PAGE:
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Fad or Future, The TikTok Revolution
Fad or Future, The TikTok Revolution

By Ryan Metcalfe 6 Feb 2020 2:59pm

Perhaps you’ve heard of TikTok, or you are aware of an adolescent who is glued to their phone and when asked what they are doing, the reply I’m on TikTok.





If you haven’t heard of TikTok, it’d be safe to say you are probably not a teenager. A sweeping generalisation, perhaps. However, according to Global Web Index, 41% of TikTok users are between 16 and 24 years old.

Recently we have had clients asking us what is TikTok and questioning whether they can get on TikTok. So we wanted to share our knowledge and experience of this App that is taking the mobile world by storm. 

What is TikTok in three words? Concise videos. Or, as The Verge put it in a few more words, it’s “the closest thing we have to Vine,” the former video-sharing App owned by Twitter. It is that simple TikTok is just a massive library of short videos. According to TechCrunch, TikTok is “the Instagram for the mobile video age.” No matter how you describe it, the App takes the digital world by storm, and marketers take note.

 It feels as though Tik Toks story started when the Vine story ended. Vine was a short-form video hosting service where users shared seven-second-long, looping video clips. Vine launched the careers of Rudy Mancuso, Liane V and Logan Paul, who evolved into a YouTuber who took part in two boxing matches that achieved a combined audience of 40 million people. 




Vine was also used by mainstream celebrities such as Game of Thrones star Maisie Williams and pop stars Arianna Grande and Justin Bieber. Vine was discontinued in 2016 as competitors entered the marketplace.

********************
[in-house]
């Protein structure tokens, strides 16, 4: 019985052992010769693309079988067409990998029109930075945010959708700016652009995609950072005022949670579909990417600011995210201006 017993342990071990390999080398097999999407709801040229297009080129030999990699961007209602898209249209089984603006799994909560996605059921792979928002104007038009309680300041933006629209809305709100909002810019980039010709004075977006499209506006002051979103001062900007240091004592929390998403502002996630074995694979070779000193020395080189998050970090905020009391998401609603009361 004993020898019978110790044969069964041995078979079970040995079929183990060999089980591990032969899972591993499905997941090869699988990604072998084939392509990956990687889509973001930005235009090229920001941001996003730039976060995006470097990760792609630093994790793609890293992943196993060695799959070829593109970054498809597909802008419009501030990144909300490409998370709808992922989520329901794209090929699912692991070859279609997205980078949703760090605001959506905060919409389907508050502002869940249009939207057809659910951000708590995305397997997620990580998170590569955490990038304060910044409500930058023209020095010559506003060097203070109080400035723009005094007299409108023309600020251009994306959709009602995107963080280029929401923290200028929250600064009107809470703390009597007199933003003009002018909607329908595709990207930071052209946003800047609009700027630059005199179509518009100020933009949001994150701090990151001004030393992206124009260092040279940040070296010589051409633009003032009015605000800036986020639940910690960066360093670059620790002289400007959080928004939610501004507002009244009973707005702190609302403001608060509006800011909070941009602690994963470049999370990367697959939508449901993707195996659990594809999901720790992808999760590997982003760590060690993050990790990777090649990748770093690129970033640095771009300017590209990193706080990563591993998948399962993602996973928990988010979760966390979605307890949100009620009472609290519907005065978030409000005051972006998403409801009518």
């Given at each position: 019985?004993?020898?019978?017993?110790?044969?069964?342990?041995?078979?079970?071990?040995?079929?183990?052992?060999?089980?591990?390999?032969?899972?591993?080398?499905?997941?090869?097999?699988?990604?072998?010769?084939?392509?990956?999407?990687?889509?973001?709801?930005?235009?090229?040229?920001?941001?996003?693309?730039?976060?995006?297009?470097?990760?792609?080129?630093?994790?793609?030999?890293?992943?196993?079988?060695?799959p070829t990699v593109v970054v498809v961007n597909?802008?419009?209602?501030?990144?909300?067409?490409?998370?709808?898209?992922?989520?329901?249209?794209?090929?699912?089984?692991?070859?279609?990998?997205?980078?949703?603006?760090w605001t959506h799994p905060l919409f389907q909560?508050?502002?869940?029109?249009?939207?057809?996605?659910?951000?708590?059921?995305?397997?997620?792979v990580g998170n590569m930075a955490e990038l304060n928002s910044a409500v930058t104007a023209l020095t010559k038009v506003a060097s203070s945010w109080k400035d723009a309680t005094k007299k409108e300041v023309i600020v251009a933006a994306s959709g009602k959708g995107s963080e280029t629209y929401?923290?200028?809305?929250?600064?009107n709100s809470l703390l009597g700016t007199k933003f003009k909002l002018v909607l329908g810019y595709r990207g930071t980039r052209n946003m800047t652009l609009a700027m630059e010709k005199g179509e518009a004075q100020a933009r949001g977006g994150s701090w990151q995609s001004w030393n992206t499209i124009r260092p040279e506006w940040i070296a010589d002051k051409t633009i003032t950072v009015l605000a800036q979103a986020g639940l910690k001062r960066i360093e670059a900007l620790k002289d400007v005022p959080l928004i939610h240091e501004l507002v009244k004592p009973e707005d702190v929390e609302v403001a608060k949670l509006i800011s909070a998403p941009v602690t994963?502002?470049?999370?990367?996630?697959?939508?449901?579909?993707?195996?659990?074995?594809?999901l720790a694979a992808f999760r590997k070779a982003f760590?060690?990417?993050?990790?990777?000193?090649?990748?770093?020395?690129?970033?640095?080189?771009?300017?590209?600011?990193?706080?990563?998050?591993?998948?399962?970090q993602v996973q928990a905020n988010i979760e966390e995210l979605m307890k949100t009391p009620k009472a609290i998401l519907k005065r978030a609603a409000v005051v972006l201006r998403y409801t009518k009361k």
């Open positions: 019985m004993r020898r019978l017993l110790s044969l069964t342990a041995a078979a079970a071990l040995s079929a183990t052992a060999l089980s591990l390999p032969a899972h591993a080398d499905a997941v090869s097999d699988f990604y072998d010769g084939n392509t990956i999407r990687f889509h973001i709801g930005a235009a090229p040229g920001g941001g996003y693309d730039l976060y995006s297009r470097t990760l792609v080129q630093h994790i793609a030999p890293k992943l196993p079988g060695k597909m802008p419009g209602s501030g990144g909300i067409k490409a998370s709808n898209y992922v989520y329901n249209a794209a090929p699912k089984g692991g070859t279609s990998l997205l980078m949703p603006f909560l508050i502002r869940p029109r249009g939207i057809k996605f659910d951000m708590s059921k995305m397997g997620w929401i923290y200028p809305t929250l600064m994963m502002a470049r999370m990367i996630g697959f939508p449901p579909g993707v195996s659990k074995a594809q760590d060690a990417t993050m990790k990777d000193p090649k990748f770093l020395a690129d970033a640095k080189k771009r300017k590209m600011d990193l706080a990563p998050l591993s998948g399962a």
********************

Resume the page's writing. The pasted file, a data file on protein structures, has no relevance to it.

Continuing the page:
Musical.ly was a lip-syncing app that became popular, and in 2017, TikTok’s parent company, Bytedance, purchased Musical.ly for $800 million. Bytedance had already launched Douyin, the forerunner to TikTok, in China. After acquiring Musical.ly, the two platforms merged and launched TikTok. 

Two years later, in February 2019, TikTok exceeded one billion installs from the App Store and Google Play. More than half of these installs occurred in 2018.

Suddenly marketers pricked their ears and salivated at the thought of a captivated audience of one billion people. Big brands got on board, such as Nike, Fenty Beauty, and Apple Music and with entrepreneur and serious influencer Gary Vaynerchuk proclaiming TikTok to be the current and the next biggest thing, TikTok certainly demands its share of the marketplace.

There is a catch. However, TikTok has a demographic coined as Gen Z, most of which use the app as entertainment. So, the content has to be entertaining but not just amusing but entertaining to Gen Z. That’s not all, and the content has to be short after all as we said, TikTok in three words is ‘concise videos.’ The combination of these factors has left marketers questioning what’s the secret to success on TikTok. The answer is simple there is no secret. It’s straight-up creation of high-quality content altogether targeted at your target audience. This so far has been achieved most successfully through the use of influencers who have built an audience who trust them and enjoy their content and, therefore, will accept their recommendations and product placements. 

TikTok has undoubtedly left everyone guessing what will happen next and striving to stay ahead of the curve, which can be a significant issue for businesses and brands. 



No Doubt TikTok represents a fantastic opportunity for the right businesses but it is not right for everyone and we appreciate that.